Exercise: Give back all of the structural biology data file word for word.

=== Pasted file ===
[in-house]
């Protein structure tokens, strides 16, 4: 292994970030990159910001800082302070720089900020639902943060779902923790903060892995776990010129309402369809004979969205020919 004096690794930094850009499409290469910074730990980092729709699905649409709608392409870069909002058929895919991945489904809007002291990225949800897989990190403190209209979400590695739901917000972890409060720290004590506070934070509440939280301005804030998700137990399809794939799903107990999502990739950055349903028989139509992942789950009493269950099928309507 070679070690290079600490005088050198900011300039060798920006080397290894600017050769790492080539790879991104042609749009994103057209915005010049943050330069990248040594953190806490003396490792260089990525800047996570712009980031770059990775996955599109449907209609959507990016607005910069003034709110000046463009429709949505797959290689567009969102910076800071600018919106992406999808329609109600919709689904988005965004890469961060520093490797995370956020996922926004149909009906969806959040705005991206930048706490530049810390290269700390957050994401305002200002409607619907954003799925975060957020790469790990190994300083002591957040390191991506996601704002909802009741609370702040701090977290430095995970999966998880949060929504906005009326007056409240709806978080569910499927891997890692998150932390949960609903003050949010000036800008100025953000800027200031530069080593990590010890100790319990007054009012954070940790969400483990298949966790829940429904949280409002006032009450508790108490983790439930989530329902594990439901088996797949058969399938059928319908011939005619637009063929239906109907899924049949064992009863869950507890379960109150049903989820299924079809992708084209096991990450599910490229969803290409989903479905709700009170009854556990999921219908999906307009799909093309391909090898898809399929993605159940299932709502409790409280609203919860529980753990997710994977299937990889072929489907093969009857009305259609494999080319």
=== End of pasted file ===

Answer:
[in-house]
């Protein structure tokens, strides 16, 4: 292994970030990159910001800082302070720089900020639902943060779902923790903060892995776990010129309402369809004979969205020919 004096690794930094850009499409290469910074730990980092729709699905649409709608392409870069909002058929895919991945489904809007002291990225949800897989990190403190209209979400590695739901917000972890409060720290004590506070934070509440939280301005804030998700137990399809794939799903107990999502990739950055349903028989139509992942789950009493269950099928309507 070679070690290079600490005088050198900011300039060798920006080397290894600017050769790492080539790879991104042609749009994103057209915005010049943050330069990248040594953190806490003396490792260089990525800047996570712009980031770059990775996955599109449907209609959507990016607005910069003034709110000046463009429709949505797959290689567009969102910076800071600018919106992406999808329609109600919709689904988005965004890469961060520093490797995370956020996922926004149909009906969806959040705005991206930048706490530049810390290269700390957050994401305002200002409607619907954003799925975060957020790469790990190994300083002591957040390191991506996601704002909802009741609370702040701090977290430095995970999966998880949060929504906005009326007056409240709806978080569910499927891997890692998150932390949960609903003050949010000036800008100025953000800027200031530069080593990590010890100790319990007054009012954070940790969400483990298949966790829940429904949280409002006032009450508790108490983790439930989530329902594990439901088996797949058969399938059928319908011939005619637009063929239906109907899924049949064992009863869950507890379960109150049903989820299924079809992708084209096991990450599910490229969803290409989903479905709700009170009854556990999921219908999906307009799909093309391909090898898809399929993605159940299932709502409790409280609203919860529980753990997710994977299937990889072929489907093969009857009305259609494999080319």